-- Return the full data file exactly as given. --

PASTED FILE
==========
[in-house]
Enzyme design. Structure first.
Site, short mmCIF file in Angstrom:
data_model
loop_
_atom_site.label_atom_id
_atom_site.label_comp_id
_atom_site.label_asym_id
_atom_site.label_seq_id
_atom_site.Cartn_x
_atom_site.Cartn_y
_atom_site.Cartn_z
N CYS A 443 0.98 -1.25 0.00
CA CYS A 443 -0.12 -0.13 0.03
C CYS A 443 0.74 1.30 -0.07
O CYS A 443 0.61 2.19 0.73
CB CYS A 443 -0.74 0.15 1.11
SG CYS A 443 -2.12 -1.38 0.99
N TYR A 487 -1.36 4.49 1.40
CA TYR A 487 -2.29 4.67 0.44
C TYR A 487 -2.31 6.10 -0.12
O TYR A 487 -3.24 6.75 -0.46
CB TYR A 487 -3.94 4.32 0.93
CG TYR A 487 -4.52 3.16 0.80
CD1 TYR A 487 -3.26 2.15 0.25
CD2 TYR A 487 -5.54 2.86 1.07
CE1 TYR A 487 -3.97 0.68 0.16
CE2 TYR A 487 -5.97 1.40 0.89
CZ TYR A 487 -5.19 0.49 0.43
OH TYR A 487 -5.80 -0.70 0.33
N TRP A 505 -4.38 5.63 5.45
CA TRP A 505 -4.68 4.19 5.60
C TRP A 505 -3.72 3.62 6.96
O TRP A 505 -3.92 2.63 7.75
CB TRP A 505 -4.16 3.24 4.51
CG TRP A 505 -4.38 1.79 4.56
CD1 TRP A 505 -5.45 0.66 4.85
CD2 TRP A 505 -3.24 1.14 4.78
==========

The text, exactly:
[in-house]
Enzyme design. Structure first.
Site, short mmCIF file in Angstrom:
data_model
loop_
_atom_site.label_atom_id
_atom_site.label_comp_id
_atom_site.label_asym_id
_atom_site.label_seq_id
_atom_site.Cartn_x
_atom_site.Cartn_y
_atom_site.Cartn_z
N CYS A 443 0.98 -1.25 0.00
CA CYS A 443 -0.12 -0.13 0.03
C CYS A 443 0.74 1.30 -0.07
O CYS A 443 0.61 2.19 0.73
CB CYS A 443 -0.74 0.15 1.11
SG CYS A 443 -2.12 -1.38 0.99
N TYR A 487 -1.36 4.49 1.40
CA TYR A 487 -2.29 4.67 0.44
C TYR A 487 -2.31 6.10 -0.12
O TYR A 487 -3.24 6.75 -0.46
CB TYR A 487 -3.94 4.32 0.93
CG TYR A 487 -4.52 3.16 0.80
CD1 TYR A 487 -3.26 2.15 0.25
CD2 TYR A 487 -5.54 2.86 1.07
CE1 TYR A 487 -3.97 0.68 0.16
CE2 TYR A 487 -5.97 1.40 0.89
CZ TYR A 487 -5.19 0.49 0.43
OH TYR A 487 -5.80 -0.70 0.33
N TRP A 505 -4.38 5.63 5.45
CA TRP A 505 -4.68 4.19 5.60
C TRP A 505 -3.72 3.62 6.96
O TRP A 505 -3.92 2.63 7.75
CB TRP A 505 -4.16 3.24 4.51
CG TRP A 505 -4.38 1.79 4.56
CD1 TRP A 505 -5.45 0.66 4.85
CD2 TRP A 505 -3.24 1.14 4.78